Australia is in the “unenviable” situation of having to deal with COVID-19 at the same time as the onset of flu season, says George Tambassis
Additional supplies of this year’s flu vaccine ordered by the Federal Government are now available through community pharmacies, which earlier this year experienced shortages, confirms the Guild.
National President of the Pharmacy Guild George Tambassis has urged all Australians to make sure they had the flu shot.
“The easing of COVID-19 restrictions has reinforced the need for Australians to be vaccinated against the flu,” said Mr Tambassis in the latest Forefront.
“The ongoing COVID-19 crisis highlights how critical it is to remain as healthy as possible to have a stronger resistance to catching it, or to recover quickly if you do catch it,” he said.
“Australia is in the unenviable situation of having to deal with the crisis at a time of the year when we usually face the onset of the flu season.”
Mr Tambassis said the need to be immunised against the flu was not something to be taken lightly.
“The flu is a virus which affects the respiratory tract and is usually worse in the winter months. The main symptoms are tiredness, fever, chills, headache, cough, sneezing and runny nose, and muscle aches.
“For some people, catching the flu can be life-threatening.
“By being vaccinated, you not only protect yourself, but also those around you who are unable to be vaccinated, or who are at a higher risk of complications if they caught the flu, such as the elderly, babies and young children.
“People with poor immune systems or a chronic illness, and those with respiratory and/or heart conditions or diabetes are especially at risk.
“I urge everyone to ask their community pharmacy about getting the flu vax as soon as possible.”
According to the TGA, the following six influenza vaccines are available for use in Australia for the 2020 influenza season:
6 months and over
6 months and over
6 months and over
3 years and over
5 years and over
65 years and over
More people than ever have been receiving their flu vaccination in community pharmacies.
Statistics from MedAdvisor reveal that in April, there was an increase of more than 300% for flu vaccinations administered in pharmacies compared with the same time last year.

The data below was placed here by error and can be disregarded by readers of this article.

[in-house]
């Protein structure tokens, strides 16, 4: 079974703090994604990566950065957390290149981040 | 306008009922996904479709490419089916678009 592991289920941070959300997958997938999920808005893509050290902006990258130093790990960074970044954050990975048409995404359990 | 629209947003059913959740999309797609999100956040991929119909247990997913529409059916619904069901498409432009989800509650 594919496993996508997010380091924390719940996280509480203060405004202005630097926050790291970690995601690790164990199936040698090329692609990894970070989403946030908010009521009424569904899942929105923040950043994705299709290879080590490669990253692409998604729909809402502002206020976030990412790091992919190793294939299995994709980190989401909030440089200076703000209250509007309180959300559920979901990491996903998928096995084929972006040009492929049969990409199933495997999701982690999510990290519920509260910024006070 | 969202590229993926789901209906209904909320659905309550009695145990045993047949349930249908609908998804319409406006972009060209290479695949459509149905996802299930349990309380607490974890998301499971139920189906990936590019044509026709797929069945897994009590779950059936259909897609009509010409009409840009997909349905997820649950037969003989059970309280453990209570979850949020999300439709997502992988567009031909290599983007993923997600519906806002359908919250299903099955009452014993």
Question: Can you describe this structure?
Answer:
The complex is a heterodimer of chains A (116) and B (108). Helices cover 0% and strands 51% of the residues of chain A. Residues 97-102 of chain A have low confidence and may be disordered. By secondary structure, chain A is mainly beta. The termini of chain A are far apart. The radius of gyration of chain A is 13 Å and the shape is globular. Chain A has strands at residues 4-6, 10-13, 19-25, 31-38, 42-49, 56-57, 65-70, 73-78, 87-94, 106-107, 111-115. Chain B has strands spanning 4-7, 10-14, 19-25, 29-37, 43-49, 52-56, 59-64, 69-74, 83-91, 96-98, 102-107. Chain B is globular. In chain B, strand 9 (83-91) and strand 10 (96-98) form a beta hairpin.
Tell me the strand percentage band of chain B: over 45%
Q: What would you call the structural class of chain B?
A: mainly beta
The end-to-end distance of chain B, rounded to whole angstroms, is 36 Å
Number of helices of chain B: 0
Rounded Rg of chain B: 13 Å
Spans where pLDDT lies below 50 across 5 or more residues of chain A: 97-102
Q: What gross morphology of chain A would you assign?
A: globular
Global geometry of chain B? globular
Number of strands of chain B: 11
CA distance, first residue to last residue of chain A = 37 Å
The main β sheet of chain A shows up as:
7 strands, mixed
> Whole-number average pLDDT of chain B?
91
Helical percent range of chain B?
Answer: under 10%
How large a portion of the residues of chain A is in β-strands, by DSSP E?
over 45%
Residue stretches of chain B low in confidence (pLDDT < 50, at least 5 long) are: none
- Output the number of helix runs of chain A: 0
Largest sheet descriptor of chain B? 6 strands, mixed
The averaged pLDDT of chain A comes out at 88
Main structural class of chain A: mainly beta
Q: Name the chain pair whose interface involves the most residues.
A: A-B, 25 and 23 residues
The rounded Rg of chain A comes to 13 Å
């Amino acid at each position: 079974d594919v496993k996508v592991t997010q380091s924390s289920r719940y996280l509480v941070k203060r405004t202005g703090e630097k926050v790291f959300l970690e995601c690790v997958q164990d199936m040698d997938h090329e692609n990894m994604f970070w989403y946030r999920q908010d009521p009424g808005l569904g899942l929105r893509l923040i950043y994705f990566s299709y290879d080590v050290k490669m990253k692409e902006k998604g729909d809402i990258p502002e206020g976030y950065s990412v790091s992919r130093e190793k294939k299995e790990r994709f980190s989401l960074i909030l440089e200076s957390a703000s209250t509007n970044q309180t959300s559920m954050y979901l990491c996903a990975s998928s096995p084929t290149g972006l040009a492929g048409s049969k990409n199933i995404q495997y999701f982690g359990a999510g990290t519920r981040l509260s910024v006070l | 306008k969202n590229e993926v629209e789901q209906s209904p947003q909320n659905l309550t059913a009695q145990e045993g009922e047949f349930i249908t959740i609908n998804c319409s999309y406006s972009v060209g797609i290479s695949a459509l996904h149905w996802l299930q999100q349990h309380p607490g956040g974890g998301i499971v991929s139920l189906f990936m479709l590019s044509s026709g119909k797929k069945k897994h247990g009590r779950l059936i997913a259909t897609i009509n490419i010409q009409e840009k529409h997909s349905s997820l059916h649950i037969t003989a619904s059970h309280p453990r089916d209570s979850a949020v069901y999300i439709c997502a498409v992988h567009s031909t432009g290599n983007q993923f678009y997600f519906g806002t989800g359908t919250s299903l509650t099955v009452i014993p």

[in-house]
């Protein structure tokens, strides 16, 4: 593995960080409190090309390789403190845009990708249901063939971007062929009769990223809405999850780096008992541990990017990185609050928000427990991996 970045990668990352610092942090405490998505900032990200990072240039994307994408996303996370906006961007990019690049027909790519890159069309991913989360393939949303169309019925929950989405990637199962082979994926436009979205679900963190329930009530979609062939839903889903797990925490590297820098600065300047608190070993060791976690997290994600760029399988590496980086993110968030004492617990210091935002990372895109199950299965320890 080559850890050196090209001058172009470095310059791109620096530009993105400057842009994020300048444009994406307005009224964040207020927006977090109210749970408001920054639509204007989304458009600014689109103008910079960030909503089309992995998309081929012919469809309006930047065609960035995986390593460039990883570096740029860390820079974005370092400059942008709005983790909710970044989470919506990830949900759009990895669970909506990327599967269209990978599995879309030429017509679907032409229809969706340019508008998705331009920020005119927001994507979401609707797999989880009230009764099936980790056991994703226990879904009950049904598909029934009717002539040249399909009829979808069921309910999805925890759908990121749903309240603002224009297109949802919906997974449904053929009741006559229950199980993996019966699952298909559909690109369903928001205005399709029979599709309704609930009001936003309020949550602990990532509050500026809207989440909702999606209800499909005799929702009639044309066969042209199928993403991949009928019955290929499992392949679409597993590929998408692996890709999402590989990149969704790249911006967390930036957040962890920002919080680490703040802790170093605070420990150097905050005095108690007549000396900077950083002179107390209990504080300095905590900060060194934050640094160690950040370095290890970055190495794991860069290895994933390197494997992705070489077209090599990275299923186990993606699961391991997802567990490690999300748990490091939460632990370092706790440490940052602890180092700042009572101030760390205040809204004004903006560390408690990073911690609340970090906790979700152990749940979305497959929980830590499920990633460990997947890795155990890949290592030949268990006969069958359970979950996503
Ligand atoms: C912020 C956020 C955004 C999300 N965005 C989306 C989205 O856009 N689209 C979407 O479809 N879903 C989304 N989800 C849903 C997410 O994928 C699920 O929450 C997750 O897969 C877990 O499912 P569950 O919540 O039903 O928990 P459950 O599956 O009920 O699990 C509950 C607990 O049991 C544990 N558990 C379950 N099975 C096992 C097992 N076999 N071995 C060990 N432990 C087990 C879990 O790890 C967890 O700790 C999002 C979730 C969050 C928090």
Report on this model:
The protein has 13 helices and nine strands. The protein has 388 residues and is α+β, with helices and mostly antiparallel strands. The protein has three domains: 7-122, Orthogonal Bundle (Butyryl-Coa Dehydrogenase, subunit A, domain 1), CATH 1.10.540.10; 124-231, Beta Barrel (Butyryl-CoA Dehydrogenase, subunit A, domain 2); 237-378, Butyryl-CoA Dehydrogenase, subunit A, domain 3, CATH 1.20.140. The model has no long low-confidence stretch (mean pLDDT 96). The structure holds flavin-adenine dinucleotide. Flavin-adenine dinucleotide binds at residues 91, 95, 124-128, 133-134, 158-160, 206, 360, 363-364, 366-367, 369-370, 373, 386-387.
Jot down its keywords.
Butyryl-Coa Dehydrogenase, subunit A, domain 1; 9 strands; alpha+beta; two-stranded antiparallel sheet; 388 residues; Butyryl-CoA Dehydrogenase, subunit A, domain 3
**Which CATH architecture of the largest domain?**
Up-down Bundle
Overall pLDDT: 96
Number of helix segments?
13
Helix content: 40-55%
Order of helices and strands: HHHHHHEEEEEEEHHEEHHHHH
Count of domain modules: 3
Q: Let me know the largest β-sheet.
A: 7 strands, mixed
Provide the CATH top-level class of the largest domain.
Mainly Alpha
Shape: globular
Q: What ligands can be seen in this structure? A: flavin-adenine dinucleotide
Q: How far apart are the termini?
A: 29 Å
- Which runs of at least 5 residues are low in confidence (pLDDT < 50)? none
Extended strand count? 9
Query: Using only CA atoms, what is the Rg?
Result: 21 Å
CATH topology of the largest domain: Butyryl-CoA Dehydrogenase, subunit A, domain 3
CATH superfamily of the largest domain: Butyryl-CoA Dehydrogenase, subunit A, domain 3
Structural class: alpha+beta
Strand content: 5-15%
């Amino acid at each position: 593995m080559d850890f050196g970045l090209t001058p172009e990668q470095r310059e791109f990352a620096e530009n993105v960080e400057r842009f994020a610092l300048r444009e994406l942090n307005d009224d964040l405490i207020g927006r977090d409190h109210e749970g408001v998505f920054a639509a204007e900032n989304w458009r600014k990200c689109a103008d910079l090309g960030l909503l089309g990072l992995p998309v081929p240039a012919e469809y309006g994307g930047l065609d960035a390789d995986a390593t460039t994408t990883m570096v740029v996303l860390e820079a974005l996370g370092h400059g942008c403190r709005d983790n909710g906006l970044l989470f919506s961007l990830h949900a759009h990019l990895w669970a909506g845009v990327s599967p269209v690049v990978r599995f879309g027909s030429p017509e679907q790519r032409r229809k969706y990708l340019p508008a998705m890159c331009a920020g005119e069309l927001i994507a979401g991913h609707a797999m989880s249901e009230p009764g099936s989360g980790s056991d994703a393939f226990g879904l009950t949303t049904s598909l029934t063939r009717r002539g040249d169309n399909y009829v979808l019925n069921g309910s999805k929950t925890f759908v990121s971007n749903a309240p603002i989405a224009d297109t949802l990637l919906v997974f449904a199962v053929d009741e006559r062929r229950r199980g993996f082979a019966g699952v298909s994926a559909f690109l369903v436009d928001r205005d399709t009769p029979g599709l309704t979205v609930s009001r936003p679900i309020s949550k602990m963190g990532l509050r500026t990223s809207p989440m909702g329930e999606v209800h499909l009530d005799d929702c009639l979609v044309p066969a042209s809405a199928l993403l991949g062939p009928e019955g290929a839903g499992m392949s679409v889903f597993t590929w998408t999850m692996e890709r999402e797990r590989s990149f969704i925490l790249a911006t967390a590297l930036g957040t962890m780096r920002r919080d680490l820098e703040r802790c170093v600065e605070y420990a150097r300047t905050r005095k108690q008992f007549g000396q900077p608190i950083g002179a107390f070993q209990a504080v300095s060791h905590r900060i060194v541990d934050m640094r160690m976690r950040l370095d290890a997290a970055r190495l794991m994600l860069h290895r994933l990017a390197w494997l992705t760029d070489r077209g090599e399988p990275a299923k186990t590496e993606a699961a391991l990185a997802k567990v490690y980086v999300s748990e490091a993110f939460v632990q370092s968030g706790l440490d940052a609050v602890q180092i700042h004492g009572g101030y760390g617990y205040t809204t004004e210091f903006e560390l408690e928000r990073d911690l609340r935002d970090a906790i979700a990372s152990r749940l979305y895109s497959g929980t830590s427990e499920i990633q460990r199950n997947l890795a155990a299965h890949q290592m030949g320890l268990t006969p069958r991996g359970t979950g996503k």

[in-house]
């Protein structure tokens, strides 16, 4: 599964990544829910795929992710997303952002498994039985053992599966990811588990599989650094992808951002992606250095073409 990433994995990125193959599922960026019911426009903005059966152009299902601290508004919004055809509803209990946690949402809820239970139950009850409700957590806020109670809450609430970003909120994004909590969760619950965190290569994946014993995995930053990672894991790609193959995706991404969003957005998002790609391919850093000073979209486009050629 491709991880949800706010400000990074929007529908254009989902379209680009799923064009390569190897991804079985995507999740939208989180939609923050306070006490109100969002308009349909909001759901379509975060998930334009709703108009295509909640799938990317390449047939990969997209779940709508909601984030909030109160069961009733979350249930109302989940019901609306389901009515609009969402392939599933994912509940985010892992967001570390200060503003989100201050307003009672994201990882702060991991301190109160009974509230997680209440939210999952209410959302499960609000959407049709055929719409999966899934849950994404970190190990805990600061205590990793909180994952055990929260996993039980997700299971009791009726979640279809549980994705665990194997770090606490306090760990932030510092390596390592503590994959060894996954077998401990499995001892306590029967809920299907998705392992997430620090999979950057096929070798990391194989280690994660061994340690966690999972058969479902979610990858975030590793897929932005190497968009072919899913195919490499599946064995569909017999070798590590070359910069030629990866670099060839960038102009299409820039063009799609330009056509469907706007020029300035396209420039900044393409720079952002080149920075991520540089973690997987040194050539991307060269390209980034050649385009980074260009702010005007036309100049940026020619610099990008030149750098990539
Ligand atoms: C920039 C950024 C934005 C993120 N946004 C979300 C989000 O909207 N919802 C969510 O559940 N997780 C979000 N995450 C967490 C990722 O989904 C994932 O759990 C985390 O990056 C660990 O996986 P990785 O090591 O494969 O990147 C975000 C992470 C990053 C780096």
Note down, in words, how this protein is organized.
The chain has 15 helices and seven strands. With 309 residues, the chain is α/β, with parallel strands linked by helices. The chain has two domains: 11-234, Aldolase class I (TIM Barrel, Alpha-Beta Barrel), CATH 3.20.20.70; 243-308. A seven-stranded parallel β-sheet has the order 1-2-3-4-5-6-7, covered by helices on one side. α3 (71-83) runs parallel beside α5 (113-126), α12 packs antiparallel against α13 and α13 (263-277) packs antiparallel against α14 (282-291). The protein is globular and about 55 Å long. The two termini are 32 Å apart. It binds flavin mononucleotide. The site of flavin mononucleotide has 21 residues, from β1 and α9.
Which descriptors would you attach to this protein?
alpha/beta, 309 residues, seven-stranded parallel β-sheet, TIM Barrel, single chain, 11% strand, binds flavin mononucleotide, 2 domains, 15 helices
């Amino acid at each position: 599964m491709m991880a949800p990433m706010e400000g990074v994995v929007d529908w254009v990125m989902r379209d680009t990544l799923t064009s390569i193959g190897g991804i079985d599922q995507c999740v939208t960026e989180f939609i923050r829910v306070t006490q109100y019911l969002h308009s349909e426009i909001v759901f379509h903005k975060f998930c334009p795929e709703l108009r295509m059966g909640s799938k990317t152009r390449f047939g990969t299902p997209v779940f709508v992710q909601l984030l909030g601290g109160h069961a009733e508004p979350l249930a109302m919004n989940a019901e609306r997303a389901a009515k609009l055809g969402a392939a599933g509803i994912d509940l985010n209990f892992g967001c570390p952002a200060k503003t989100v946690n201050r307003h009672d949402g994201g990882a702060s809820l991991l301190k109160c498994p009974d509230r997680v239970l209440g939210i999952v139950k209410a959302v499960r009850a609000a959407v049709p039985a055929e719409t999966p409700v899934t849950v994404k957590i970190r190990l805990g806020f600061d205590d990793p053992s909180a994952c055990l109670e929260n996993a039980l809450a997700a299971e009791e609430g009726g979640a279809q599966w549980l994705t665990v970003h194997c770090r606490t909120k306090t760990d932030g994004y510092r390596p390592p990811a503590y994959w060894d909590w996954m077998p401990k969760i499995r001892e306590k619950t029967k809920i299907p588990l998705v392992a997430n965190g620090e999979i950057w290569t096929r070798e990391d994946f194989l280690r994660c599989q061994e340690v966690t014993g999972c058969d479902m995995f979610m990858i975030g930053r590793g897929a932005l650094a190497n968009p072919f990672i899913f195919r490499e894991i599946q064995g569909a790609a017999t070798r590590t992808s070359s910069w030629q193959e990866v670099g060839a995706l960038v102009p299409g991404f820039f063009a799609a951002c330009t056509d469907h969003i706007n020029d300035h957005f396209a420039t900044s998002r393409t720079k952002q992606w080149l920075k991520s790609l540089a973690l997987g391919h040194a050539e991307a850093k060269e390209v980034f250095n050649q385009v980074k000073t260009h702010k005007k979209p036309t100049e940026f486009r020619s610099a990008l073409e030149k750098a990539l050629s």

This year Australians got their flu shot earlier than the regular peak demand month which is usually May.
However May and June have also seen higher vaccination rates compared to the same time last year.
MedAdvisor CEO Robert Read told AJP: “With over half-a-million flu vaccinations this year, in an environment where more people are accessing their healthcare practitioners digitally, these numbers highlight the important role that pharmacists play in frontline care.
“COVID-19 continues to disrupt the way healthcare is delivered and we will continue to ensure patients and providers are supported with the best technology to deliver high quality care.”
The effectiveness of the influenza vaccine varies among different people and in different years.
In general, influenza vaccine effectiveness has been found to vary between 30-60%, explains the Department of Health.
That is, on average, a vaccinated person is 30-60% less likely to experience the outcome being measured, for example, influenza leading to attendance at a general practice or hospitalisation, than an unvaccinated person.
The estimated effectiveness of the vaccine may depend on a number of factors – the outcome being measured, the age group predominantly affected (vaccine effectiveness is generally lower in older people than in younger adults and children), and the match between vaccine and circulating influenza strains.